Survey Discovers Heating Bills Concern Four Fifths of UK Population

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6th September 2013 11:33 - Utilities

A recent BBC Radio 5 Live survey, conducted by ComRes, suggests that more than a third (38%) of people in the UK are concerned about paying for their heating bills this winter. Of respondents, a quarter (25%) reported that they had put up with “unacceptably cold” homes in the past year, while two thirds (63%) of the 1,035 adults surveyed said they had cut their energy use because of rising costs.

Almost three quarters believe that the UK’s energy costs are unreasonable and seven tenths (69%) said the firms should be nationalised.

The majority (84%) of respondents said they would welcome solar panels in their area, while two thirds (67%) said they would support more coal, oil and gas stations being built in the UK if it brought down energy prices.

Overall, a two fifths (38%) said they were concerned about how they will pay for their heating bills this winter, yet this figure was even higher in the North West, West Midlands, East Midlands, Yorkshire and Humberside, and Northern Ireland.

Jean Clements, from Denton, Greater Manchester, said:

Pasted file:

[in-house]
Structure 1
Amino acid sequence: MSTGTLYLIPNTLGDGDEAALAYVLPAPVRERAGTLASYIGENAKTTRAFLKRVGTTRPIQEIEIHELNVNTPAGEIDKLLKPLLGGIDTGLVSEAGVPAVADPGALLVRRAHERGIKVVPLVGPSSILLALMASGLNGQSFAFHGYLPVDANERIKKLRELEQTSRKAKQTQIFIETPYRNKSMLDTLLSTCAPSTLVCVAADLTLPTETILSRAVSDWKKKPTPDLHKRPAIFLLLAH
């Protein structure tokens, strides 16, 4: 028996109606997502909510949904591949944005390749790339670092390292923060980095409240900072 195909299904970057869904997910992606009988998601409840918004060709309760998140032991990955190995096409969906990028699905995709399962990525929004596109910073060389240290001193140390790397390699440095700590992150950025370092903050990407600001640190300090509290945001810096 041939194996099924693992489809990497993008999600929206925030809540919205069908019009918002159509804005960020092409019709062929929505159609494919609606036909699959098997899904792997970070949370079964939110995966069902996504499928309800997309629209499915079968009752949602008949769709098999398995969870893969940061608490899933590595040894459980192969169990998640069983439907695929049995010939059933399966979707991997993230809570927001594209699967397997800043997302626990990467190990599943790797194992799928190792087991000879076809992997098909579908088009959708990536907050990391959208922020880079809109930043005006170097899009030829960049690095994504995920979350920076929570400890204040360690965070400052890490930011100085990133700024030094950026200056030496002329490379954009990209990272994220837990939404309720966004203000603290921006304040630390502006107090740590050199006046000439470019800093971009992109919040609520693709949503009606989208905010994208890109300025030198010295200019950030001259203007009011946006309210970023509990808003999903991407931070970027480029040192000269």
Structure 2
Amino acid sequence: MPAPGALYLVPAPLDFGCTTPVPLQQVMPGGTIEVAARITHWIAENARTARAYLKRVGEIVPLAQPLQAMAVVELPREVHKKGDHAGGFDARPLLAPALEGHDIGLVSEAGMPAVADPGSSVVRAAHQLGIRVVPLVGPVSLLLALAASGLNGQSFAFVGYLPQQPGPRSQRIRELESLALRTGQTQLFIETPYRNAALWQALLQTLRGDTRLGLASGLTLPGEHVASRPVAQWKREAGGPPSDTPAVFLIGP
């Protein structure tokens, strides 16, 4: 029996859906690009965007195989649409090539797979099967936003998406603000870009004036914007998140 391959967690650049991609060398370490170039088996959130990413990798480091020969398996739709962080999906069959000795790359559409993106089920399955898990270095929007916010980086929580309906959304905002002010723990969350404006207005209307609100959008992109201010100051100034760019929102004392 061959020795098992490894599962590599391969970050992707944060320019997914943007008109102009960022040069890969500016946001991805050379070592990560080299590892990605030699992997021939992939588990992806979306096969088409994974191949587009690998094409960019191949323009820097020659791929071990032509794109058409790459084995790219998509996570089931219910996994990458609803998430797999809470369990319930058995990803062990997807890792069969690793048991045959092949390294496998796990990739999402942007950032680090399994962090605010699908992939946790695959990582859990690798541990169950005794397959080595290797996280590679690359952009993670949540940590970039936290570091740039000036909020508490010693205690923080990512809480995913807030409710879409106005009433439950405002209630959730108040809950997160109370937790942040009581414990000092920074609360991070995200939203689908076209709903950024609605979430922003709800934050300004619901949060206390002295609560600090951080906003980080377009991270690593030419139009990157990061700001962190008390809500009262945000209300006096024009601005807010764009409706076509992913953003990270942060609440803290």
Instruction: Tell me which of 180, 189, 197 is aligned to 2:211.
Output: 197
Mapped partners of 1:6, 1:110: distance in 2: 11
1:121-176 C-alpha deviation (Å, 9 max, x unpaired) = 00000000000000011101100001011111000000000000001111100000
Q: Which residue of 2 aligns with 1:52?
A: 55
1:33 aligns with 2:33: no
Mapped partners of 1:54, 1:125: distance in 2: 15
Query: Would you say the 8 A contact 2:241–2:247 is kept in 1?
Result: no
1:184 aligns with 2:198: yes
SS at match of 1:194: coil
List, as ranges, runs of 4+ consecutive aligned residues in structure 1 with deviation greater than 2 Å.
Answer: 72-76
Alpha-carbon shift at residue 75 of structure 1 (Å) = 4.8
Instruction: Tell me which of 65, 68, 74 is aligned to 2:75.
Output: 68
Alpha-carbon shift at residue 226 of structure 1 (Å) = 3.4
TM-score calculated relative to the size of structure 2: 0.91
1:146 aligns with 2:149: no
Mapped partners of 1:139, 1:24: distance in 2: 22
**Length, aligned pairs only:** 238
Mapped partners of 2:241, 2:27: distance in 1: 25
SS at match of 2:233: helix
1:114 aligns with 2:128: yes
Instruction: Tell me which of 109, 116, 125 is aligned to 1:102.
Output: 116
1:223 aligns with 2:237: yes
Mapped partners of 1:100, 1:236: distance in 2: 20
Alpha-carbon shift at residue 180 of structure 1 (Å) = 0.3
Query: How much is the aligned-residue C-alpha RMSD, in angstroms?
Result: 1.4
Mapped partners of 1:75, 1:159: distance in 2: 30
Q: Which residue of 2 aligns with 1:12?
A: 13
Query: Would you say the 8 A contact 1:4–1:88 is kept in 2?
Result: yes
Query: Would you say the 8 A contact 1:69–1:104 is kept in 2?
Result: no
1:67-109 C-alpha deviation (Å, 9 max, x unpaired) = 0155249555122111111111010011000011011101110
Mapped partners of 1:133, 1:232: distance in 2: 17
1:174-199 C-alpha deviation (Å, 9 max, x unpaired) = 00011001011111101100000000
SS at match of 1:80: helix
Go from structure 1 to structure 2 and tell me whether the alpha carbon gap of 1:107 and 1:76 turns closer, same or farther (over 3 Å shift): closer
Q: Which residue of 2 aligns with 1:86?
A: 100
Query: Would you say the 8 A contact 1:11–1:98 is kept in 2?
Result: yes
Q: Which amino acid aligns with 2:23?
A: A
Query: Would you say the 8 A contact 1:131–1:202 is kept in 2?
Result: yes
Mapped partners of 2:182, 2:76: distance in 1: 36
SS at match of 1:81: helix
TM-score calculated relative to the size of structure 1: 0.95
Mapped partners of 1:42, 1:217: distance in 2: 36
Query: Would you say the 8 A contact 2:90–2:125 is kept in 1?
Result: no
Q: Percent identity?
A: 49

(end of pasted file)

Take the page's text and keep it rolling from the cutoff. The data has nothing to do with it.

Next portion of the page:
"Pre-paid meters are about 7% dearer but the benefit is you are not going to get any scary quarterly bill or a bounced direct debit… The government needs to be able to work a bit more with Ofgem to regulate the prices and the profits the energy suppliers are making."

Shadow energy secretary Caroline Flint told BBC Radio 5 live:

“It is a disgrace that this government has cut help for people in fuel poverty at the same time as giving millionaires a tax cut.”

Yet the Department of Energy and Climate Change added it was determined to tackle what it called the “scourge” of fuel poverty. A spokesperson said:

“Two million households received cuts to their bills last winter under the Warm Home Discount and the budget will continue to increase each year, up to £320m for 2015-16." 

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